Meredith Wilson is an archaeologist who specialises in the documentation, analysis and management of rock art sites and cultural landscapes.
Since completing doctoral research in 2002, Meredith has led and assisted large projects in rock art research, interpretation and training. In Australia this has included an ongoing rock art project in Namadji National Park (the Australian Alps national park closest to national capital Canberra), which delivered a Conservation Management Plan and training in the monitoring and maintenance of rock art sites for Indigenous and non-Indigenous Rangers, and members of the regional Aboriginal community. Consultations with the Willandra World Heritage Lakes community (Mungo National Park) led to the development of a Management Plan, a 'Keeping Place' Feasibility Study, and an employment strategy.
Meredith has also conducted statistical studies of Australian rock art, for example in the Keep River National Park, Northern Territory, and rock art dating. Other Australian field areas familiar to Meredith include North Queensland, Wollemi National Park and the Blue Mountains (both in New South Wales), and Central Australia. She has been variously engaged by both Indigenous and non-Indigenous employers, and by government and private organisations, including Aboriginal Land Councils and the Australian Museum in Sydney, Australia.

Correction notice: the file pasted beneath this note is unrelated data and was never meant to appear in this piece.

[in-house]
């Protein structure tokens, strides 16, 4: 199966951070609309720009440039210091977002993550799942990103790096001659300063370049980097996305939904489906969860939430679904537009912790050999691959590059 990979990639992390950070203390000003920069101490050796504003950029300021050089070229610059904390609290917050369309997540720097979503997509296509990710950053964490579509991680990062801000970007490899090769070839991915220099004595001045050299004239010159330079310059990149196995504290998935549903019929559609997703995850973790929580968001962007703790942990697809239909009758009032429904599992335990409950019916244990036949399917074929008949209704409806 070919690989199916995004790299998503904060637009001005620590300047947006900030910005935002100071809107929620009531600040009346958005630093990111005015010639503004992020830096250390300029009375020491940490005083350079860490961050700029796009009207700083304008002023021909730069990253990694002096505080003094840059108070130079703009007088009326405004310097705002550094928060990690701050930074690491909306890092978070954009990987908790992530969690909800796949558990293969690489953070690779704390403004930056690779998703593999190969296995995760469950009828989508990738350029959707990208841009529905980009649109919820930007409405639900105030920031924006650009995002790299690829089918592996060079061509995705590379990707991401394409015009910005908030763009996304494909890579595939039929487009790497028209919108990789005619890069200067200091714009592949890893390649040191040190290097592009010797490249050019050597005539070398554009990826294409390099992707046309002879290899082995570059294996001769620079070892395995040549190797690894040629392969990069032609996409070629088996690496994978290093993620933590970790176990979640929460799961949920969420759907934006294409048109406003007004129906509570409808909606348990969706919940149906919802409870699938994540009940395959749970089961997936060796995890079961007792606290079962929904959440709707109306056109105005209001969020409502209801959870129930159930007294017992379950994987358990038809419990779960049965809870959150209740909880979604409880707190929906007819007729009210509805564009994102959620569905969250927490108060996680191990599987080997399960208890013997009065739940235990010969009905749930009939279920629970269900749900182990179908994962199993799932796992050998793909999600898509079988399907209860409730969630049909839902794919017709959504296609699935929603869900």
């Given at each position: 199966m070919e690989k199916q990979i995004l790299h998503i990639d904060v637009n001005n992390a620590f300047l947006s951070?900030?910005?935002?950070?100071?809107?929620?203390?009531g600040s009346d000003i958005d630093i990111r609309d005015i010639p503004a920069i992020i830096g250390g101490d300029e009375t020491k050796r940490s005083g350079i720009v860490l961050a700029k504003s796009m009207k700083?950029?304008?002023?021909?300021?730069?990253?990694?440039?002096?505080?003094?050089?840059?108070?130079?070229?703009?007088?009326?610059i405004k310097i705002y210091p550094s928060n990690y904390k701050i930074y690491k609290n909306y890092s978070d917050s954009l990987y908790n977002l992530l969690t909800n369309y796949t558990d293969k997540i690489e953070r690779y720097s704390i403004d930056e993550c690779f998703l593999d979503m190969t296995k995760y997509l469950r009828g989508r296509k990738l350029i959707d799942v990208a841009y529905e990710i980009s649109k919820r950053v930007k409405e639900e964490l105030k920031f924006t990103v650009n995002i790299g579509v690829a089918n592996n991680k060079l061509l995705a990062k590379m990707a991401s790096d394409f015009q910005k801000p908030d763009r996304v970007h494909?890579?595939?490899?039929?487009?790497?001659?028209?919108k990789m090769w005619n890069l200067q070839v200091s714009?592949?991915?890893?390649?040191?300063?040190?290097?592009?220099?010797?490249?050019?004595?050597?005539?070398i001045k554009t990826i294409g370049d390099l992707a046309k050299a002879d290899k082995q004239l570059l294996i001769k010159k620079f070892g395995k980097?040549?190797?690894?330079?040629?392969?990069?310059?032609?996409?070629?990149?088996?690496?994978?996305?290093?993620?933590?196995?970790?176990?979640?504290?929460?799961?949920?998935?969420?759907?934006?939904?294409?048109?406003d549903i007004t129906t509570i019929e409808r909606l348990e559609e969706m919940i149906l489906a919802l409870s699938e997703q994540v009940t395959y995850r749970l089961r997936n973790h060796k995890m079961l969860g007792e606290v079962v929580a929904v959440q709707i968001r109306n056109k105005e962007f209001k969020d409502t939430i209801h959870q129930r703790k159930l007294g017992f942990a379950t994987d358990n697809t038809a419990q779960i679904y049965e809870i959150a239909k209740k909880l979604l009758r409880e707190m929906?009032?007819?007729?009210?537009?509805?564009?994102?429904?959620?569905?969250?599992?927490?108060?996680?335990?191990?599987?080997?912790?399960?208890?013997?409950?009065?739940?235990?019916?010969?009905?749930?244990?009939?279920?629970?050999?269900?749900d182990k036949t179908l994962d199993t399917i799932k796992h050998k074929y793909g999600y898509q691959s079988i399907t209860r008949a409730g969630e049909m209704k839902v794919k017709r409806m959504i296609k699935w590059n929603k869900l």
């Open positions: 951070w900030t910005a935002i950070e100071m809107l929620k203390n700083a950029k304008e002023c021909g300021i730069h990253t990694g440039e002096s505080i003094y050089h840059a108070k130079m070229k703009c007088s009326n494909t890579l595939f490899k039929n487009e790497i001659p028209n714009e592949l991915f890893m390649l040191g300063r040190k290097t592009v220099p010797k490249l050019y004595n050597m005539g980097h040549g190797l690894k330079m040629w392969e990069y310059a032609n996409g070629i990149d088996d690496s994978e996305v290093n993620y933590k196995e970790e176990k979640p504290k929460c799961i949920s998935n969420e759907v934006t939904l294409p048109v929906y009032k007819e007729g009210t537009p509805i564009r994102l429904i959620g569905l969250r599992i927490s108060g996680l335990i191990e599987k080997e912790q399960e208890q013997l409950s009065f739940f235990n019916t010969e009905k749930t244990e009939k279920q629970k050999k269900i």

Funds received through the Australian Research Council and the World Heritage Fund have been for important a great range of Pacific Island and Pacific Rim projects, arguably crowned by her leading role in securing World Heritage Site listing for Chief Roi Mata's Domain cultural landscape in her doctoral research area, Vanuatu.
Meredith is an experienced teacher and tutor in several cultural heritage fields at universities, including the Australian National University (ANU) and the University of Canberra. She has also trained AusAID Youth Ambassadors (Australia's overseas aid program) and been a Visiting Fellow at Monash University (Melbourne, Australia), ANU (Canberra, Australia), and Cambridge University in England. Meredith has a considerable publication record, with three articles currently in press. She has published in such revered journals as Antiquity, World Archaeology and Oceania; her work has been reported in New Scientist and Time, Australia. Research themes include Indigenous cultural heritage management and conservation, World Heritage and cultural landscapes, theory in the disciplines of archaeology, anthropology, cultural heritage, cultural tourism, and fine art.
In 2008 Meredith joined with fellow Significance International Associate Nicholas Hall in the establishment of Stepwise Heritage and Tourism.Together with other colleagues they have developed the innovative 'Stepping Stones' approach to heritage interpretation, consultation and development.